Bill Wolff, MSNBC VP of primetime and executive producer of “The Rachel Maddow Show,” got a sendoff from this staff late last week. Maddow said Wolff “got some sweet new job on some easy show with a sweet new schedule.” That show is “The View,” which begins its news season with new and returning hosts in just a few weeks. Wolff often appeared on Maddow’s show, which made up a Best-of-Bill send-off video featured on the show Thursday night. “We are so mad that you are leaving, we are really going to miss you,” said Maddow.

Did Obama White House Get Initial Insight on Ferguson From Al Sharpton?

SharptonPolitico Magazine writes the Obama administration leaned on MSNBC’s Al Sharpton for information after the shooting of 18-year-old Michael Brown and subsequent protests in Ferguson, Missouri.

A few days after 18-year-old Mike Brown was gunned down in Ferguson, Missouri, White House officials enlisted an unusual source for on-the-ground intelligence amid the chaos and tear gas: the Rev. Al Sharpton, a fiery activist who became a household name by provoking rather than pacifying. In Ferguson, Sharpton established himself as a de facto contact and conduit for a jittery White House seeking to negotiate a middle ground between meddling and disengagement. “There’s a trust factor with The Rev from the Oval Office on down,” a White House official familiar with their dealings told me. After huddling with Brown’s family and local community leaders, Sharpton connected directly with White House adviser and First Friend Valerie Jarrett, vacationing in her condo in the exclusive Oak Bluffs section of Martha’s Vineyard, not far from where President Obama and his family were staying. Obama was “horrified” by the images he was seeing on TV, Jarrett told Sharpton, and proceeded to pepper him with questions as she collected information for the president: How bad was the violence? Was it being fueled by outside groups—and could Sharpton do anything to talk them down? What did the Brown family want the White House to do?

As we reported recently, Sharpton has been in the middle of two high profile cases recently: the Michael Brown shooting in Ferguson and the case of Eric Garner, who was put in a chokehold by NYPD police and later died. “Rev. Al Sharpton is both President of the National Action Network and host on MSNBC,” MSNBC president Phil Griffin told us. “We’ve always been transparent about the dual roles and his work outside of MSNBC.”

Behind the TV Scenes: Kathy O’Hearn

This summer, we’re putting a spotlight on the industry’s top producers; getting the inside story about their shows, how they got to where they are, and advice they have for future TV journalists.

KOHThis WeekCRHeading toward her fourth decade in TV news, Kathy O’Hearn embraced a new challenge this year when she joined MSNBC as executive producer to 26-year-old Ronan Farrow‘s new show. “We just hit it off immediately,” O’Hearn tells TVNewser. “It was one one of those great moments that you get only a couple times in your career when you really connect with the way someone thinks and how they think.” O’Hearn’s career has included many big moments and stories at CBS News, ABC News, CNN, CNBC, The Daily Beast, and now, MSNBC.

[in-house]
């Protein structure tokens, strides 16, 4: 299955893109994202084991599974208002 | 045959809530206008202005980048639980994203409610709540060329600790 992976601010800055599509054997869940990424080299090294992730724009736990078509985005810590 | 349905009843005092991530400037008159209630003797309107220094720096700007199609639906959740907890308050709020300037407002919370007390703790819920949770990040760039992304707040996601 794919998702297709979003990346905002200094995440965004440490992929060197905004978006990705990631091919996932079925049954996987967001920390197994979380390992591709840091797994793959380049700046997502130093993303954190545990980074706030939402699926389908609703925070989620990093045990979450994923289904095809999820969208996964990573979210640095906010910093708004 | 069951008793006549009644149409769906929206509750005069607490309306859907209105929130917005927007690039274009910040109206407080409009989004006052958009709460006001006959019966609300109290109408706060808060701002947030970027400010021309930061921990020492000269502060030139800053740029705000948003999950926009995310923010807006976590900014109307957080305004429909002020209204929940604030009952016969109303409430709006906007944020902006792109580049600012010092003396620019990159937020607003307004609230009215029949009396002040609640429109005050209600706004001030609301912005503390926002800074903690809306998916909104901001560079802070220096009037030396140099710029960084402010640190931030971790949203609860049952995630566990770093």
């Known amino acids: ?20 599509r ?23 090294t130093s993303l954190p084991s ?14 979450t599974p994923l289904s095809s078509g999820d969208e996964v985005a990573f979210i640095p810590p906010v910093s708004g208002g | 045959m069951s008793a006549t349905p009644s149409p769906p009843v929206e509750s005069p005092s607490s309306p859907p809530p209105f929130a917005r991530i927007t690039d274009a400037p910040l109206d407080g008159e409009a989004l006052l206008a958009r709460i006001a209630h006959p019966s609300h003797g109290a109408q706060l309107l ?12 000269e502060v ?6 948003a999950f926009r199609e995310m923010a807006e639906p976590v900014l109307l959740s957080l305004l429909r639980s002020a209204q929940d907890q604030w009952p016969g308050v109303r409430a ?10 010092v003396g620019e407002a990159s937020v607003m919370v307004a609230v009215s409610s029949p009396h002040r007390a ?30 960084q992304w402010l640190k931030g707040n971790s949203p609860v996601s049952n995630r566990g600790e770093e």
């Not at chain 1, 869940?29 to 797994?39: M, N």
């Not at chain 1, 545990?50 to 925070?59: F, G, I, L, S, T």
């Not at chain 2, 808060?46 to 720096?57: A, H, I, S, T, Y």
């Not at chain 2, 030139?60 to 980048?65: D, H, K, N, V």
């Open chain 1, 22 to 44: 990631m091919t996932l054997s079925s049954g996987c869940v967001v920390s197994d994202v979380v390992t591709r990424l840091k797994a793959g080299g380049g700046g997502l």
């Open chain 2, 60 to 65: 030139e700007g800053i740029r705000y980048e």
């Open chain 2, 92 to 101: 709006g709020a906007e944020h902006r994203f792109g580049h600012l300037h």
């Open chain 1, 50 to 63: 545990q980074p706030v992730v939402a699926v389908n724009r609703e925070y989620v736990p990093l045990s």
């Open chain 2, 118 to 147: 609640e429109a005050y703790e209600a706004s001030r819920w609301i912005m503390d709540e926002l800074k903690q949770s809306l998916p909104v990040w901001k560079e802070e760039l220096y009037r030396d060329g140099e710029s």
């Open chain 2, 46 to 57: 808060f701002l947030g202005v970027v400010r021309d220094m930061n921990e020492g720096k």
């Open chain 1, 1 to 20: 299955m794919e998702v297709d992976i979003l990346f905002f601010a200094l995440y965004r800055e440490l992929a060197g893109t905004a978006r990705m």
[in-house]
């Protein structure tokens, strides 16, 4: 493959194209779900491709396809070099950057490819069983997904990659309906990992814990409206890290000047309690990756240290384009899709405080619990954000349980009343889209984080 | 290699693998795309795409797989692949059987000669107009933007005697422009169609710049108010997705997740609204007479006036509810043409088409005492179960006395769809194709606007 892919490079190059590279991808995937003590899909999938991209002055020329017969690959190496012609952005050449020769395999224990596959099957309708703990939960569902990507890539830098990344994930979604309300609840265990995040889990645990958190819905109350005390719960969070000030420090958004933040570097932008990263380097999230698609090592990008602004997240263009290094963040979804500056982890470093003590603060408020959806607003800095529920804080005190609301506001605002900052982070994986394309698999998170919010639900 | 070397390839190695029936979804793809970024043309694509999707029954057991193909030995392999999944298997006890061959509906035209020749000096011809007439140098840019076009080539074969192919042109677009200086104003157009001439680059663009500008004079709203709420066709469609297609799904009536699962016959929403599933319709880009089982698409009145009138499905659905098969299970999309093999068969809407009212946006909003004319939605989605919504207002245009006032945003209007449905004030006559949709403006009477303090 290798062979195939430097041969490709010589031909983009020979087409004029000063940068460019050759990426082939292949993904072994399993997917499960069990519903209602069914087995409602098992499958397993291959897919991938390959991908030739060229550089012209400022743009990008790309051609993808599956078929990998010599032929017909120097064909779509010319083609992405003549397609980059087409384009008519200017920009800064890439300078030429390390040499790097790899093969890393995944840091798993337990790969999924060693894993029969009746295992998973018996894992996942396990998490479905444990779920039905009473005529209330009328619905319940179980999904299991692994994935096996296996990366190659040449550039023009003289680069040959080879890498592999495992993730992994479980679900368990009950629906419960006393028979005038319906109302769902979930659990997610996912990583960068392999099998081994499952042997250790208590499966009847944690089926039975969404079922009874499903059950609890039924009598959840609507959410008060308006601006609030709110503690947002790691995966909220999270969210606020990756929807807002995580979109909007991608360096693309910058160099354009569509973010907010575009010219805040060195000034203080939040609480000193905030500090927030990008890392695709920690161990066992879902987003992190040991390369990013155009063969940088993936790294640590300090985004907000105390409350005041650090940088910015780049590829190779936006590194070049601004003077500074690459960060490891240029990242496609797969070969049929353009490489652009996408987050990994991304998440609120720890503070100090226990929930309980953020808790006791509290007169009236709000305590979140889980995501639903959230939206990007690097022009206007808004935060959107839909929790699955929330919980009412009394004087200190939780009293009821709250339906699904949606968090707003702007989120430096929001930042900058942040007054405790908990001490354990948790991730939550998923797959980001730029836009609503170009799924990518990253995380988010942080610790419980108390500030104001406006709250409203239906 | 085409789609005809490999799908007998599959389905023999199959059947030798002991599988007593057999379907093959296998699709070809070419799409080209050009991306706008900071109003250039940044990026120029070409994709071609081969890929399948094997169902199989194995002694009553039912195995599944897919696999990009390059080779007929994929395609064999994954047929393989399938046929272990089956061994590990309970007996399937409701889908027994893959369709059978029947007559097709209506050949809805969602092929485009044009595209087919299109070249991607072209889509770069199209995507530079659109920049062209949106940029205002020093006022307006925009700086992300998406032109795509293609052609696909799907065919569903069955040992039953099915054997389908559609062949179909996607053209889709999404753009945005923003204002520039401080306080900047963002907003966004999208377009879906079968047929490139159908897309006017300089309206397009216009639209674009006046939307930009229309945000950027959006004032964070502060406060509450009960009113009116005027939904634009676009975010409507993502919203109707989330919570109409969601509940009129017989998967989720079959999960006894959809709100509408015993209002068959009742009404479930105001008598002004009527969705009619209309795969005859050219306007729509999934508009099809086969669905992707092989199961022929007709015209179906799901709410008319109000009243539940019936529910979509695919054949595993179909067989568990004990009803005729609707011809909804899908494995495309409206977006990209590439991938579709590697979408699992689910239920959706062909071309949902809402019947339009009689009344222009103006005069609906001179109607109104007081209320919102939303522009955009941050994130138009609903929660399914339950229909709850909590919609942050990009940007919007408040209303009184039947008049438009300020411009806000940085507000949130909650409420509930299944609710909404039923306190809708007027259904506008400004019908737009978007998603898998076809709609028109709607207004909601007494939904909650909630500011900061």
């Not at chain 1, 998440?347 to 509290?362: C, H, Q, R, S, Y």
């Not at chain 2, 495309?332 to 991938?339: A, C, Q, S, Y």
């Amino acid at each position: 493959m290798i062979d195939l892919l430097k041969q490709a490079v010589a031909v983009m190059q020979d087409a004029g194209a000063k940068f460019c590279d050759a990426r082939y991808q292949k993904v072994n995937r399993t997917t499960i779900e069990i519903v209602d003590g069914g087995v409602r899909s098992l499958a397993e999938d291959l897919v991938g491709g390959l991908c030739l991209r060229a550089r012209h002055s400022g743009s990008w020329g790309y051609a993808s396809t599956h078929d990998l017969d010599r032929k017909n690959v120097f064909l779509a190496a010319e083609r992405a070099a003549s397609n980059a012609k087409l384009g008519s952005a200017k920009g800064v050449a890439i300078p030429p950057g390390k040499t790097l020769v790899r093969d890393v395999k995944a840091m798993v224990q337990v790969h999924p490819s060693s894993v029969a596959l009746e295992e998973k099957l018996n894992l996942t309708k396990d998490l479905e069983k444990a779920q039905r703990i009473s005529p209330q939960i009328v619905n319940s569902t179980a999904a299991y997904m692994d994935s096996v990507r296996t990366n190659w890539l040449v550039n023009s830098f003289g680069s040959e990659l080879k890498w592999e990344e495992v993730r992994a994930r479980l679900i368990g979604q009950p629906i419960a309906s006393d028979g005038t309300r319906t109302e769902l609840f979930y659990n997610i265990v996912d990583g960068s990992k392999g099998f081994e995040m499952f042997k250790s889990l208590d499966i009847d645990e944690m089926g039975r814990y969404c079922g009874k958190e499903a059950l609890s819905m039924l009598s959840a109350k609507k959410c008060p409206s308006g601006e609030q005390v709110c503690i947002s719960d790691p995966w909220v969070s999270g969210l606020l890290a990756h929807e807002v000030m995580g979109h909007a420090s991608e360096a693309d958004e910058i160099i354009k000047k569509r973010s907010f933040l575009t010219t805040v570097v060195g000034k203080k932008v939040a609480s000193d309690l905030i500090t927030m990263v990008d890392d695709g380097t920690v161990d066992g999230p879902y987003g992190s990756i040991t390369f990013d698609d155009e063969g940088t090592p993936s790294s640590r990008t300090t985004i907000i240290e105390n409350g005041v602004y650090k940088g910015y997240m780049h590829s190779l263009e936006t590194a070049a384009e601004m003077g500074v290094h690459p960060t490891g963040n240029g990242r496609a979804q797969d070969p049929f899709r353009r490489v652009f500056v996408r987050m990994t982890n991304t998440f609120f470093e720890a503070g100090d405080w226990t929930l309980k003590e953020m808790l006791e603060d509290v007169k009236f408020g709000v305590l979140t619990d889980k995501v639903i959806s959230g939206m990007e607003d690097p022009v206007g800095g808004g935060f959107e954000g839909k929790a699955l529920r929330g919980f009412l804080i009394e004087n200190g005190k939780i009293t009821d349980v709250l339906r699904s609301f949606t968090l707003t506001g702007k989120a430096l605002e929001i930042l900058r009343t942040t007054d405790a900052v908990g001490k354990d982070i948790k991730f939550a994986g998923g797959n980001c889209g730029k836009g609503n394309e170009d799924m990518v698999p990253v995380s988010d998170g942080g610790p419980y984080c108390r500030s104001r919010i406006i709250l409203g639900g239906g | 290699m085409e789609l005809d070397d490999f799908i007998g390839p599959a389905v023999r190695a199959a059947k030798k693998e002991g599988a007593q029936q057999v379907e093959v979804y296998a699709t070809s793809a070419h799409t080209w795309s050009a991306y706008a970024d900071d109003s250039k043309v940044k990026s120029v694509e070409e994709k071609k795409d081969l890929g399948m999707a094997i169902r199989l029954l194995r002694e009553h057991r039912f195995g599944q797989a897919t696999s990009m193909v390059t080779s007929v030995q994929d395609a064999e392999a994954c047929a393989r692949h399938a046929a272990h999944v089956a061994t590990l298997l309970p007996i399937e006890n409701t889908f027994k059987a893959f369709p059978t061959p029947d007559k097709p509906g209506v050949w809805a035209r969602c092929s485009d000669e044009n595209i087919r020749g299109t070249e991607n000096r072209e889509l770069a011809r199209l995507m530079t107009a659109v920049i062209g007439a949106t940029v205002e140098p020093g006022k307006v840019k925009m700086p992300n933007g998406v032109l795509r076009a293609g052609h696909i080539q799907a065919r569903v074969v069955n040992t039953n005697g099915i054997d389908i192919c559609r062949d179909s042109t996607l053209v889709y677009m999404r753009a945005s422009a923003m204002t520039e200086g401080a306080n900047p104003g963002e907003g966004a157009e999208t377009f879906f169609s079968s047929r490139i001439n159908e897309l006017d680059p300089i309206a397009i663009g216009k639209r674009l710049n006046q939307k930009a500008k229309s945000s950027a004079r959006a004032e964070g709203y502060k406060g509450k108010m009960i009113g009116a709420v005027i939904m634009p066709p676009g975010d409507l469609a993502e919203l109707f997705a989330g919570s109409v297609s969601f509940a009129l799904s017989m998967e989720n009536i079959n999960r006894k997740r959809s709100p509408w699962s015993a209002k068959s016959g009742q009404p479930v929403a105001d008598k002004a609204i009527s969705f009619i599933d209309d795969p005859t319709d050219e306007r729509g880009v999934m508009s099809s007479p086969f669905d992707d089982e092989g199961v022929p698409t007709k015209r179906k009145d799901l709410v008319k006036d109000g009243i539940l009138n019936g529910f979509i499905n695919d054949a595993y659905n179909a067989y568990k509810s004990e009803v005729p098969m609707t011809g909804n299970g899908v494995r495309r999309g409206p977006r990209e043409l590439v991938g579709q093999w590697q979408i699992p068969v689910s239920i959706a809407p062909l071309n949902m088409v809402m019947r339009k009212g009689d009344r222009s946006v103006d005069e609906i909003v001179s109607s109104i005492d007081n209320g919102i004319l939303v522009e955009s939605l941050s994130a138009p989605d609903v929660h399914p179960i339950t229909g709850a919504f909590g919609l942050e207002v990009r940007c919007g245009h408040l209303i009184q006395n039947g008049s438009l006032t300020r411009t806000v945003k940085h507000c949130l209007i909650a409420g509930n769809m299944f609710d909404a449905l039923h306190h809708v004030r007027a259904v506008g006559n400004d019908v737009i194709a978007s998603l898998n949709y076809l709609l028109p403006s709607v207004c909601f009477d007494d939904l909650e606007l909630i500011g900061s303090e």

TVNewser: You started in TV news in the mid 70′s. What’s the biggest thing about the industry that’s changed and how have you adapted?

O’Hearn: The thing that I think is the most pronounced change is how all the cable networks have become bigger players. I started back when CNN had to fight to even get in the White House coverage pool [when I was at CBS]. And to watch how the cable networks are really powerful in terms of who they influence, who watches them, and the amount of news that they bring to the American public is a fascinating arc to experience.

TVNewser: You temporarily left the TV news business in 2010 to go digital as head of video at The Daily Beast. As a TV news lifer, how did you adapt to digital?

O’Hearn: It was fascinating. I was lucky enough to work with a very impressive, savvy group of writers and minds in any kind of newsroom and Tina Brown. To take the skill-set I learned in the television world into the digital side was exciting. I learned a lot; I had done a fair amount of digital production for ABC (“The Greenroom,” “Topline”), so it was exciting to try and figure out how to translate that across a series of programs and products and how to craft it so that it’s successful and reflects the brand. It was like going to school in online video.

TVNewser: Was there a learning curve?

Read more

And Your Replacement for Chuck Todd on ‘The Daily Rundown’ is…

MSNBCLogo304x200On the heels of Chuck Todd‘s appointment to “Meet the Press,” we asked you who you think will replace him as anchor of MSNBC’s “The Daily Rundown.”

With close to 4,000 votes in, NBC News White House correspondent Kristen Welker was your favorite choice to take the reins, with 57% of you choosing her. Welker has filled in at points for Todd and Andrea Mitchell on MSNBC.

NBC News Capitol Hill correspondent Luke Russert came in second with 22% choosing the son of the late “Meet the Press” moderator Tim Russert. Rounding out the poll was the Washington Post’s Chris Cilizza (six percent),  NBC News national correspondent Peter Alexander (six percent), the choice of other (five percent), and weekend anchor Craig Melvin (three percent).

Some of the names chosen for other were Ezra Klein, Ari Melber, and Steve Kornacki.

Rocks Thrown at Chris Hayes During Ferguson Coverage

During a live 11pmET edition of “All In” from Ferguson, MO last night, protestors threw rocks at Chris Hayes. Two rocks were hurled at Hayes, one deflected by Craig Melvin who was reporting alongside his MSNBC colleague. “Tell the true story,” one protestor shouted. “You know, we are telling the true story,” Melvin shot back. “People are angry,” Hayes added.